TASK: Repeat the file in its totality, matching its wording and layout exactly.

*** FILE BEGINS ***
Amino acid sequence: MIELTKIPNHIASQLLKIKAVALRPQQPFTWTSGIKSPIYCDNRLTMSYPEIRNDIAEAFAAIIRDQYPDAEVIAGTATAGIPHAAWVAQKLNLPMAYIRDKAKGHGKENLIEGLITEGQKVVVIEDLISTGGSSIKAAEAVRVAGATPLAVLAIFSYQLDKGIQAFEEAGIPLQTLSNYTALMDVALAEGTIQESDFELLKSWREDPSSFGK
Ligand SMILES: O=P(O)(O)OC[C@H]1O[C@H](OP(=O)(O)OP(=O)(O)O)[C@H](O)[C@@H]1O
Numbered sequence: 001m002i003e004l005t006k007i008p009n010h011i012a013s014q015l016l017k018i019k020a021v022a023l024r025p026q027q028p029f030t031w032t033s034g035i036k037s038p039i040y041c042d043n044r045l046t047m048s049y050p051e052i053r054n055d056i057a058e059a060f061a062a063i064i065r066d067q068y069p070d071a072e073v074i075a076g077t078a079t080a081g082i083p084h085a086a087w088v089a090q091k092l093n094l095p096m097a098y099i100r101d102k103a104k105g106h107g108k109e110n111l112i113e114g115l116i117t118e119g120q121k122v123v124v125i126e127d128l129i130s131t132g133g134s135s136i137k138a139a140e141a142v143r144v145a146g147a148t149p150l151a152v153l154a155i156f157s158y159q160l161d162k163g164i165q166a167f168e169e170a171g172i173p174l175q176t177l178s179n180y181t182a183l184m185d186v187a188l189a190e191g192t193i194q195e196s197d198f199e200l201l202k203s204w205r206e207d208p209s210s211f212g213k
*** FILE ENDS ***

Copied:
Amino acid sequence: MIELTKIPNHIASQLLKIKAVALRPQQPFTWTSGIKSPIYCDNRLTMSYPEIRNDIAEAFAAIIRDQYPDAEVIAGTATAGIPHAAWVAQKLNLPMAYIRDKAKGHGKENLIEGLITEGQKVVVIEDLISTGGSSIKAAEAVRVAGATPLAVLAIFSYQLDKGIQAFEEAGIPLQTLSNYTALMDVALAEGTIQESDFELLKSWREDPSSFGK
Ligand SMILES: O=P(O)(O)OC[C@H]1O[C@H](OP(=O)(O)OP(=O)(O)O)[C@H](O)[C@@H]1O
Numbered sequence: 001m002i003e004l005t006k007i008p009n010h011i012a013s014q015l016l017k018i019k020a021v022a023l024r025p026q027q028p029f030t031w032t033s034g035i036k037s038p039i040y041c042d043n044r045l046t047m048s049y050p051e052i053r054n055d056i057a058e059a060f061a062a063i064i065r066d067q068y069p070d071a072e073v074i075a076g077t078a079t080a081g082i083p084h085a086a087w088v089a090q091k092l093n094l095p096m097a098y099i100r101d102k103a104k105g106h107g108k109e110n111l112i113e114g115l116i117t118e119g120q121k122v123v124v125i126e127d128l129i130s131t132g133g134s135s136i137k138a139a140e141a142v143r144v145a146g147a148t149p150l151a152v153l154a155i156f157s158y159q160l161d162k163g164i165q166a167f168e169e170a171g172i173p174l175q176t177l178s179n180y181t182a183l184m185d186v187a188l189a190e191g192t193i194q195e196s197d198f199e200l201l202k203s204w205r206e207d208p209s210s211f212g213k